The autoimmune response and neuropsychiatric disorders

By: Craig Shimasaki   
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There are tens of thousands of in vitro diagnostic (IVD) tests commercially available, but assays to accurately diagnose neuropsychiatric and mental disorders are conspicuous by their absence from the diagnostic arsenal. Conditions such as Parkinson’s disease, Alzheimer’s disease, autism spectrum disorder (ASD), chronic depression, bipolar disorder, and schizophrenia have few, if any, accurate IVD tests. Is it because these conditions have been clinically diagnosed for so long that there is not a perceived need, or is it that the underlying etiologies of these conditions are not sufficiently understood? One such case—shown to be reversible with proper diagnosis and treatment—suggests it could be the latter.

Pediatric neuropsychiatric symptoms

In this instance, a healthy three-year-old boy’s life was abruptly altered by unexplained and uncontrollable neuropsychiatric symptoms and incapacitating anxiety. Isak was diagnosed with sensory processing disorders, oppositional defiance disorder, and obsessive-compulsive disorder (OCD). Prozac was prescribed, but by five years of age he showed no improvement. His life and that of his family were seemingly altered forever. Then, three-and-a-half years later, he was prescribed a common antibiotic for an infection—and most of his symptoms vanished within days. The results were, to say the least, dramatic.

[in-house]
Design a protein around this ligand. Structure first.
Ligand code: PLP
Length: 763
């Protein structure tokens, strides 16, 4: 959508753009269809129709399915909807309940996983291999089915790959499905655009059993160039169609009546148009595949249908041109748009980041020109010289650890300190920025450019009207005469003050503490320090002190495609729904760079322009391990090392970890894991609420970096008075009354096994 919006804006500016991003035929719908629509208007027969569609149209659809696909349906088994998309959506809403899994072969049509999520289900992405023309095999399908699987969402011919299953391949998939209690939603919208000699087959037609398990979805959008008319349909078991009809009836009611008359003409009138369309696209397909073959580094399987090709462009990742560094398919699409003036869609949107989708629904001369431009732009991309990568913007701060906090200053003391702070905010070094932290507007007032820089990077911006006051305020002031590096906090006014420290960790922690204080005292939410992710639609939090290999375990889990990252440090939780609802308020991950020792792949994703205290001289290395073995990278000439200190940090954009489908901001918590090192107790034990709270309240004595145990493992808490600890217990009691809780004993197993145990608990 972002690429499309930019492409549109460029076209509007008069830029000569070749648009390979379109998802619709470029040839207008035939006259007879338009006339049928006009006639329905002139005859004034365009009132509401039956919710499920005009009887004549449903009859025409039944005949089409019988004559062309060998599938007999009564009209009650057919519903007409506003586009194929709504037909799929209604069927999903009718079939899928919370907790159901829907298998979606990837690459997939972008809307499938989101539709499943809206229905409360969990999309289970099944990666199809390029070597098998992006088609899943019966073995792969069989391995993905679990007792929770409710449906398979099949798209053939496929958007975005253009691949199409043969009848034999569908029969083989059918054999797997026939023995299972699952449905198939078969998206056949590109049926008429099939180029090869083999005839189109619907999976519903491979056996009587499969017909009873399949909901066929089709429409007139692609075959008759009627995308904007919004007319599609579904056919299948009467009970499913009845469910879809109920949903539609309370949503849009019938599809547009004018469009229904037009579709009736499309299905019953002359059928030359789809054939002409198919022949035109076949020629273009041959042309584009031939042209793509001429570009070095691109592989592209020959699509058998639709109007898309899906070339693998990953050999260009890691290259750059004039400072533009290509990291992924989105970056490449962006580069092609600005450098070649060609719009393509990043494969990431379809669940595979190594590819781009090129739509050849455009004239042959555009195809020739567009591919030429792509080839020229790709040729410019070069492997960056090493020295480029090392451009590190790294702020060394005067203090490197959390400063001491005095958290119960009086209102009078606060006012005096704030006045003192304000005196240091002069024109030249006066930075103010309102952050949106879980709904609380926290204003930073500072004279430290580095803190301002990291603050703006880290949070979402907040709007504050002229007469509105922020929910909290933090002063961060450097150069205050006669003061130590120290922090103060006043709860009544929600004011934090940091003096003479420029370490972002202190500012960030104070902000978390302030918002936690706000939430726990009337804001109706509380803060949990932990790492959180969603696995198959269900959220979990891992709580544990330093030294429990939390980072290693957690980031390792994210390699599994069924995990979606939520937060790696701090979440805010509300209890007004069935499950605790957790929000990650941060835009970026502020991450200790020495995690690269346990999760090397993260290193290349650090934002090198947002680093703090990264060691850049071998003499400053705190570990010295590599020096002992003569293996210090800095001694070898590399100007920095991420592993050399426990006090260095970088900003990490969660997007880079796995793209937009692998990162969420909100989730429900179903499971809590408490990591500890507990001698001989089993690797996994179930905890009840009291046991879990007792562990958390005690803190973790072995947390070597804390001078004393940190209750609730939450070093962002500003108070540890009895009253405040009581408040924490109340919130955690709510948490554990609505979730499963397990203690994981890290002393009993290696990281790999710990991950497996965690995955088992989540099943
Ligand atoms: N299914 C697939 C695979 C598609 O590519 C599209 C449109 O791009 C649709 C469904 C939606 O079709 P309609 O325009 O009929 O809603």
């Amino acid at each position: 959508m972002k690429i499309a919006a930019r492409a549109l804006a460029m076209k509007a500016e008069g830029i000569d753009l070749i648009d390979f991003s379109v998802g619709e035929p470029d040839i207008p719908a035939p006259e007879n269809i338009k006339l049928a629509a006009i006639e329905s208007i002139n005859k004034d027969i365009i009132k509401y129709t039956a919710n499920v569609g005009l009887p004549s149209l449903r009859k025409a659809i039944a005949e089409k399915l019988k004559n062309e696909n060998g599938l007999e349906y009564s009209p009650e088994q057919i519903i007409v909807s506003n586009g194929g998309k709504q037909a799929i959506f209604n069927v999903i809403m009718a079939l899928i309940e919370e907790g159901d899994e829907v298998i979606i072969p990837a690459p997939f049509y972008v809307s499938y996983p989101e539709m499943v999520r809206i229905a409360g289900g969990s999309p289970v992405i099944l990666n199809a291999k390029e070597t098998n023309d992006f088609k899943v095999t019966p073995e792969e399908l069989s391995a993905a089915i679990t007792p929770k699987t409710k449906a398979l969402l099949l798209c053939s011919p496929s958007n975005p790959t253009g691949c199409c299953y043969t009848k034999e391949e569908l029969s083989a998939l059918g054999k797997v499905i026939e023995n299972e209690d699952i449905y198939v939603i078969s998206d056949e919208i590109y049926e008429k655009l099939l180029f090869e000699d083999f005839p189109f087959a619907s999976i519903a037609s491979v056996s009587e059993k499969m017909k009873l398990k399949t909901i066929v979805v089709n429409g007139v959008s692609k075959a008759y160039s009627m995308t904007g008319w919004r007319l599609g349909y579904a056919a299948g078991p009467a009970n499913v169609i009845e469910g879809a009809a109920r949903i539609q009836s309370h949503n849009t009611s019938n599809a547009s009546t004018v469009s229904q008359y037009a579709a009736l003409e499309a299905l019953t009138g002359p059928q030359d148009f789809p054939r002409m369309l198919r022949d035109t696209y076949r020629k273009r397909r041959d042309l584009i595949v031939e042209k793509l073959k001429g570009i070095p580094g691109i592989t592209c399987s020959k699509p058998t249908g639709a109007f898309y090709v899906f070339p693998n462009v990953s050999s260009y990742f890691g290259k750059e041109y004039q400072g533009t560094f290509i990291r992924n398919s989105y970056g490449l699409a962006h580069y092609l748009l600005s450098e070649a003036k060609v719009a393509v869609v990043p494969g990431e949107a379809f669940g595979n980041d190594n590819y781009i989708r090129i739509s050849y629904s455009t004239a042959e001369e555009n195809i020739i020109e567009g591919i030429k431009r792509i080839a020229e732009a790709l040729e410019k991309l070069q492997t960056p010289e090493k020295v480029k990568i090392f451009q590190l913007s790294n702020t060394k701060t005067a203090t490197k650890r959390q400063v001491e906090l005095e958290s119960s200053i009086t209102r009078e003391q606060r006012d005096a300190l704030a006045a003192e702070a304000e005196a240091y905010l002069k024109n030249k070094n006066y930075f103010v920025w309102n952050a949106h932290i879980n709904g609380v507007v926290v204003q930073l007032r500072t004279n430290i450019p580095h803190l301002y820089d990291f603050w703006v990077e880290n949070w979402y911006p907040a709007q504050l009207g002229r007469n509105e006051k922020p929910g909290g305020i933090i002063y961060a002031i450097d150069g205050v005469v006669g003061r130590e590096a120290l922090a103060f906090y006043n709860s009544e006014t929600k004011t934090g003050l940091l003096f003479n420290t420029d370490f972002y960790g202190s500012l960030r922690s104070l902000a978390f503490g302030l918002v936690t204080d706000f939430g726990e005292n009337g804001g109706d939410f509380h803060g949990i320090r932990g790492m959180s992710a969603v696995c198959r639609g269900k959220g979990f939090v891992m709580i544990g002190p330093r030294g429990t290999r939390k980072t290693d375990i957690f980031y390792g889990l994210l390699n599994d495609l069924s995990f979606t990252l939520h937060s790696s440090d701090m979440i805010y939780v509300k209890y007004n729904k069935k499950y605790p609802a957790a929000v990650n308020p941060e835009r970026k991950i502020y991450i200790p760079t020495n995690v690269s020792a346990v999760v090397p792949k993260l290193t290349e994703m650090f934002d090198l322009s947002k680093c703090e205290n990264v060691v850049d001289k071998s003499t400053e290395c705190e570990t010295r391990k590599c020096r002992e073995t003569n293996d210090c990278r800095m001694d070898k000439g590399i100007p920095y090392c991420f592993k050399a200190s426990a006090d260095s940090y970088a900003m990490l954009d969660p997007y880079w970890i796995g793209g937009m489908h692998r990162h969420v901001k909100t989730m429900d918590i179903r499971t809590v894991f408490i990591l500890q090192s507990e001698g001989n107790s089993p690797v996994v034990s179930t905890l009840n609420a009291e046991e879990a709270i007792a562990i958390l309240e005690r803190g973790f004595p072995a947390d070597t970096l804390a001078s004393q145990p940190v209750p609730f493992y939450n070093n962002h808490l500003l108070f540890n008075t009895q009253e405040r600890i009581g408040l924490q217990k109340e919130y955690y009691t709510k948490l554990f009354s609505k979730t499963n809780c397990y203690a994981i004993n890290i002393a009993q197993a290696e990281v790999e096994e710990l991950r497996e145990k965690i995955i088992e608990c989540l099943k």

Isak’s case was described in an article with the arresting title, “Yes, You Can Catch Insanity.”1 Isak had a condition called PANDAS: pediatric autoimmune neuropsychiatric disorder associated with streptococcal infection. PANDAS is an autoimmune neuropsychiatric condition that results in motor and neurologic symptoms such as OCD, motor tics, aggression, rage, phobia, and a host of other symptoms subsequent to a strep infection. Infections other than strep are now known to be associated with these same symptoms, and thus the broader term pediatric acute-onset neuropsychiatric syndrome, or PANS, has been coined.2